I wrote last week about a rescue of an 80-year-old hiker on Mount Washington earlier this month after the elderly hiker was left to fend for himself by his family.
There are a lot of interesting tidbits of information in the article, such as the family's hiking itinerary in the Adirondacks and Vermont before Mount Washington, and the 80-year-old's fitness level.
Either way, as the state Fish & Game major opined, there was no excuse for leaving an elderly man behind without a cellphone, light or basic gear, even if you thought he was going back down the mountain, especially on a hairy mountain like Mount Washington. Call the trip off for the day, take him back down to the trailhead, and try again another day.
Unfortunately, as hiking has grown in popularity in recent years, there are more and more people on mountains around the Northeast making bad decisions.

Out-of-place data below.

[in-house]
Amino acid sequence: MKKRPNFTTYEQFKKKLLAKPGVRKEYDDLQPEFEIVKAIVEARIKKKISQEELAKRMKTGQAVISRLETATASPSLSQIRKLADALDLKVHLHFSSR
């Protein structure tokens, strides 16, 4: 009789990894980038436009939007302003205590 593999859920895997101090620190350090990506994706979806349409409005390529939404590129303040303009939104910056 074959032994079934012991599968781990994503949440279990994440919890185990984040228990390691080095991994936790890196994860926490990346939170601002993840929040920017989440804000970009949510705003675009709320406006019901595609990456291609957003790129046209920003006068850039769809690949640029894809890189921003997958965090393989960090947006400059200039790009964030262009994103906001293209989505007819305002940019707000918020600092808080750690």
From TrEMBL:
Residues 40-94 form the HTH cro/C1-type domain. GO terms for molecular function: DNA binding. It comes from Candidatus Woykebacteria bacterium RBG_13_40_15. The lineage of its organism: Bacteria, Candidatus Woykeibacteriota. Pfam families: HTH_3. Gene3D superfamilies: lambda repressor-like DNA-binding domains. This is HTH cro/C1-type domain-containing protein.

My wife and I hiked Hadley Mountain this weekend, one we've done a bunch of times but always worth the short drive from home, and it seemed like this weather brought a lot of unprepared novices out of the woodwork.
We saw people with no water, people wearing jeans, people stopping to rest a few hundred yards up the mountain asking us how much farther they had to go. If you had a map and/or basic GPS application on a phone, both must-haves when heading into the forest preserve, you would know the answer to those questions.
Thankfully Hadley is one with a well-marked and worn trail, so it's really tough to get lost. But it's also wet with lots of big rocks, and if you don't know how to maneuver them, injury is a distinct possibility.
Despite going up this mountain a half-dozen or so times, we learned a neat fact from the friendly firetower steward on top of the mountain, that the firetower is not at the actual peak of Hadley. I had seen on maps that the peak looked to be north of the tower, and the steward steered us to a herd path to the peak, where there are some more nice views.
-- Don Lehman